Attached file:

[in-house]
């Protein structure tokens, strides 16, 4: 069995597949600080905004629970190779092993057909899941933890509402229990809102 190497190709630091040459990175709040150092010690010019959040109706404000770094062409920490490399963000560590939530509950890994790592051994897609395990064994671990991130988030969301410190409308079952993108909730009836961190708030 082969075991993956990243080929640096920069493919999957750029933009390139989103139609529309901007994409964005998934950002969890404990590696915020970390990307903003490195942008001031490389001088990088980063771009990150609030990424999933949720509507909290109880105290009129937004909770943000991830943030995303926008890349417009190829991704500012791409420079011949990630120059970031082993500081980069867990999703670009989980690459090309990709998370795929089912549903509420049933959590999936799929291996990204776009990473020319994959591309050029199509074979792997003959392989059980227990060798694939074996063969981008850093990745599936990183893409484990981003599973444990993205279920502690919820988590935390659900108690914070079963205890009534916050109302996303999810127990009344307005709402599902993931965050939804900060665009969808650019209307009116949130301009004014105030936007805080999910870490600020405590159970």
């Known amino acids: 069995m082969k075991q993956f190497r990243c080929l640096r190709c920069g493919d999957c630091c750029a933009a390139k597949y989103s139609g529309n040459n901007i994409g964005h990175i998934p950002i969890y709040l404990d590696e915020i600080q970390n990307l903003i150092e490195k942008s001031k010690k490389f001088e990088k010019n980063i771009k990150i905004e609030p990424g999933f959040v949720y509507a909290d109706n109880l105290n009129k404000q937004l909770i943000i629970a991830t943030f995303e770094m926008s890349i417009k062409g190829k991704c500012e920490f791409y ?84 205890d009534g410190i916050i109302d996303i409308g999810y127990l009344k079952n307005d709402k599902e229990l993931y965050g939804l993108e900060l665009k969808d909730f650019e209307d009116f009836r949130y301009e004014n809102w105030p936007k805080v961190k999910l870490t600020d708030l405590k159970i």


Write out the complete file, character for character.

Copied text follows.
[in-house]
């Protein structure tokens, strides 16, 4: 069995597949600080905004629970190779092993057909899941933890509402229990809102 190497190709630091040459990175709040150092010690010019959040109706404000770094062409920490490399963000560590939530509950890994790592051994897609395990064994671990991130988030969301410190409308079952993108909730009836961190708030 082969075991993956990243080929640096920069493919999957750029933009390139989103139609529309901007994409964005998934950002969890404990590696915020970390990307903003490195942008001031490389001088990088980063771009990150609030990424999933949720509507909290109880105290009129937004909770943000991830943030995303926008890349417009190829991704500012791409420079011949990630120059970031082993500081980069867990999703670009989980690459090309990709998370795929089912549903509420049933959590999936799929291996990204776009990473020319994959591309050029199509074979792997003959392989059980227990060798694939074996063969981008850093990745599936990183893409484990981003599973444990993205279920502690919820988590935390659900108690914070079963205890009534916050109302996303999810127990009344307005709402599902993931965050939804900060665009969808650019209307009116949130301009004014105030936007805080999910870490600020405590159970």
């Known amino acids: 069995m082969k075991q993956f190497r990243c080929l640096r190709c920069g493919d999957c630091c750029a933009a390139k597949y989103s139609g529309n040459n901007i994409g964005h990175i998934p950002i969890y709040l404990d590696e915020i600080q970390n990307l903003i150092e490195k942008s001031k010690k490389f001088e990088k010019n980063i771009k990150i905004e609030p990424g999933f959040v949720y509507a909290d109706n109880l105290n009129k404000q937004l909770i943000i629970a991830t943030f995303e770094m926008s890349i417009k062409g190829k991704c500012e920490f791409y ?84 205890d009534g410190i916050i109302d996303i409308g999810y127990l009344k079952n307005d709402k599902e229990l993931y965050g939804l993108e900060l665009k969808d909730f650019e209307d009116f009836r949130y301009e004014n809102w105030p936007k805080v961190k999910l870490t600020d708030l405590k159970i």